Ad Reinhardt (1913-1967) was an artist’s artist, renowned among critics and curators, but hard for the general public to warm up to. His most famous fine art works are his “black” paintings, from the 1960s, which at first glance appear to be solid black, but on closer inspection turn out to be blocks of black and almost-black shades. Important, but challenging.
Reinhardt’s other artistic oeuvre is more easily accessible though: during the late-1930s and ’40s he drew comics and illustrations, mostly for the liberal newspaper PM, but also for New Masses, The Saturday Evening Post, and Ice Cream World, among others. His educational/editorial series, “How to Look at Art,” which championed abstract art and the ideas that would lead to Conceptual art and onward, have often been reprinted in art history textbooks. An exhibition last December at the David Zwirner Gallery in New York paired Reinhardt’s fine and comic artworks, a rare occasion when both types of work were featured on an equal footing.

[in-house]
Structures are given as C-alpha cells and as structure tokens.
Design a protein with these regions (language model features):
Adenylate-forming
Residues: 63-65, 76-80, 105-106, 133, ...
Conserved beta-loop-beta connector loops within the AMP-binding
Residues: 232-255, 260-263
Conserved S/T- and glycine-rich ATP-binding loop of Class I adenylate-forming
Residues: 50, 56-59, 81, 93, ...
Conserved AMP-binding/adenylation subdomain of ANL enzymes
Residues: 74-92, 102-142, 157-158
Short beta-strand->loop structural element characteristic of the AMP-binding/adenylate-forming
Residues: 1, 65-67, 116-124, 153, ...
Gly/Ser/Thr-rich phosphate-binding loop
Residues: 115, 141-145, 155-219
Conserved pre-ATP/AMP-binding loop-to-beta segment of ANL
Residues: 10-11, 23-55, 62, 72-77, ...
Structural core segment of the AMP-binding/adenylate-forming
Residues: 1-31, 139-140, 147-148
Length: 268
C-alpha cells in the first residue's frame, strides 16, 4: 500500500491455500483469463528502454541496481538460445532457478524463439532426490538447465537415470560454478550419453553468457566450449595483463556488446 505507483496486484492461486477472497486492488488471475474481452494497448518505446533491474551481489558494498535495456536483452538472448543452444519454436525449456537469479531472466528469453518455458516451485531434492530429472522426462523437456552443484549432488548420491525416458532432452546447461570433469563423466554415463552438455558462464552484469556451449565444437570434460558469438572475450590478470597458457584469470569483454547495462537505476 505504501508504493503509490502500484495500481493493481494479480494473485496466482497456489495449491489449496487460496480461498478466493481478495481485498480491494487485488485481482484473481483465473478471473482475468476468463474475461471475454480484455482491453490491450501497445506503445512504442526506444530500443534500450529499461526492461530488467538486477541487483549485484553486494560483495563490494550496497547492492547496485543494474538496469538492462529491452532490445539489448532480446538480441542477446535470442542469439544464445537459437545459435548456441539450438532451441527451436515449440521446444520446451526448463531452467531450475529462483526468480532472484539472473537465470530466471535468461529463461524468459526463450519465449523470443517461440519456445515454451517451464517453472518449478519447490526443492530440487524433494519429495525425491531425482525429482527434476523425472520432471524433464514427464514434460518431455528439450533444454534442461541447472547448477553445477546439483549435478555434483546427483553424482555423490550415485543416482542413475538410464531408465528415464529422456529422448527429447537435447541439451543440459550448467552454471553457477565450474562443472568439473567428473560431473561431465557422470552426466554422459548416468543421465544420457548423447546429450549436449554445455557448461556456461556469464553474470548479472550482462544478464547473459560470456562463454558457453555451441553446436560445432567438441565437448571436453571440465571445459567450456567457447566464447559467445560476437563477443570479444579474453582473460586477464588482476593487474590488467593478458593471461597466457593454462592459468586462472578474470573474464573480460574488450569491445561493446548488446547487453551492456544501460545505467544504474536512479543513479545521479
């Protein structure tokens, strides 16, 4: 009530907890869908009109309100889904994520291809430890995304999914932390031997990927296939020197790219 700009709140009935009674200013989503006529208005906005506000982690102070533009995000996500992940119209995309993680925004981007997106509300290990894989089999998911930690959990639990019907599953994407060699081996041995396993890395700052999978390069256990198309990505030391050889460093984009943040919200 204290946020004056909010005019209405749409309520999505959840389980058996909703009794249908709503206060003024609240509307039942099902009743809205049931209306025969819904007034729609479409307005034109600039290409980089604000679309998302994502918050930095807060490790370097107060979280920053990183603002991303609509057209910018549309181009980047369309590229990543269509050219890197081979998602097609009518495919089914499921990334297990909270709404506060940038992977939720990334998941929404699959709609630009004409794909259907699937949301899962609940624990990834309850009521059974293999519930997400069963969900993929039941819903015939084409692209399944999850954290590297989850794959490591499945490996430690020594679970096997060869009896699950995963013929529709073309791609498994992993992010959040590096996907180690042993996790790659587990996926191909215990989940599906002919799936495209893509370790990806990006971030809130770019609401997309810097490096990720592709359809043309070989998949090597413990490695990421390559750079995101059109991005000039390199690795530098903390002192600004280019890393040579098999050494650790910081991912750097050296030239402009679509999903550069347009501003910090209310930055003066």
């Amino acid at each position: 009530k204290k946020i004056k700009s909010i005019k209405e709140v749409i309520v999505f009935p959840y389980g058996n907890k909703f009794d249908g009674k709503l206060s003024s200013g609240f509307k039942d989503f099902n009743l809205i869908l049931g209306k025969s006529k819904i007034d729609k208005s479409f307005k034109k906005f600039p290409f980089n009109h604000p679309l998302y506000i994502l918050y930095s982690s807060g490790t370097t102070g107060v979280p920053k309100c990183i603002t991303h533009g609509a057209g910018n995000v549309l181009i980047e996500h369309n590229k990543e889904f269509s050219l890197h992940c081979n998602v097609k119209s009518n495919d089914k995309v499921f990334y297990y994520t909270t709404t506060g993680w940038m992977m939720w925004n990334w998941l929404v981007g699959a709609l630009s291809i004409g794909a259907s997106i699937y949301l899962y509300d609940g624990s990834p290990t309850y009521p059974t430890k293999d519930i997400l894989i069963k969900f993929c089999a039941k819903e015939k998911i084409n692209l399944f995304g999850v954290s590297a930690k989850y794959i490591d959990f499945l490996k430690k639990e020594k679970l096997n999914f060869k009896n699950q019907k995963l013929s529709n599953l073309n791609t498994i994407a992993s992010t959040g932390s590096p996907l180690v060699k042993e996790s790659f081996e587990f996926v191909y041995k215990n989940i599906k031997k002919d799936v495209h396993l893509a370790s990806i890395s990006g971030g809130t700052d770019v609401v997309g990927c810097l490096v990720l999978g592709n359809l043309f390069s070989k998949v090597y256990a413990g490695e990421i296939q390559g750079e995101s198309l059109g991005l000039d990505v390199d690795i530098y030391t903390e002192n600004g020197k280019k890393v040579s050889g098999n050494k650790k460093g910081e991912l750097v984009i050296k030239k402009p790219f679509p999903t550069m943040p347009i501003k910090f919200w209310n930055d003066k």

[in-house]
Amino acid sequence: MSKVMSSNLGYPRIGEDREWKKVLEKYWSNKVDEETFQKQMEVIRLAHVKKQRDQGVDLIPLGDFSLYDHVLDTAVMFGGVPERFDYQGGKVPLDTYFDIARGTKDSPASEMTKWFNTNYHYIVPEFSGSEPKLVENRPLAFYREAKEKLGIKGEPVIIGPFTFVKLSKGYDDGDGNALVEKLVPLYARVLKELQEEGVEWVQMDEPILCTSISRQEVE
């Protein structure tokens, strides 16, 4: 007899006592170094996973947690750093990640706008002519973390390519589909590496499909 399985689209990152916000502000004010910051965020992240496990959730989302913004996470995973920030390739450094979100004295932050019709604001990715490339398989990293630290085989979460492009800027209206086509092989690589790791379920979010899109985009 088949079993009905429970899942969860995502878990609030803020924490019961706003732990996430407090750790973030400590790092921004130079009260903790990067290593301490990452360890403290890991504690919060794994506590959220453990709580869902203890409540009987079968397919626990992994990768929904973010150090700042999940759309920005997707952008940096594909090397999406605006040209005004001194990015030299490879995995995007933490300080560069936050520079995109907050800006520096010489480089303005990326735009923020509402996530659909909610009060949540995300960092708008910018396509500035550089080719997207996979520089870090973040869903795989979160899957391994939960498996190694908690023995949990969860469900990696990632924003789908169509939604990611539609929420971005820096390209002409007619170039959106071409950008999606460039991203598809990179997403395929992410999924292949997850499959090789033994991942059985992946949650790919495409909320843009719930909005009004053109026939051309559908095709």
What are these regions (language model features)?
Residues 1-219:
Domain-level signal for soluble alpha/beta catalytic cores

In his comics, Reinhardt kept up with the changing face of cartooning, producing works that eschewed traditional perspective and realism to something much more “cartoon modern”—a style that was at the same time growing in many places, from the cartoons of Saul Steinberg to the newly formed United Productions of America animation studio. Like his fine art, Reinhardt’s comic drawings capture a number of different styles. His occasional use of repurposed older images looked back to Max Ernst’s Une semaine de bonté (1934), a graphic novel made of of recycled, collaged Victorian-era illustrations, and forward to the animations of Terry Gilliam or David Malki!’s Wondermark comic strip. One of Reinhardt’s most famous cartoons, “What does this represent…” manages to straddle different periods of cartoon history, presenting a modernistic blank background and childlike human figure, such as would become more common in following decades, with an old-fashioned painting coming to life.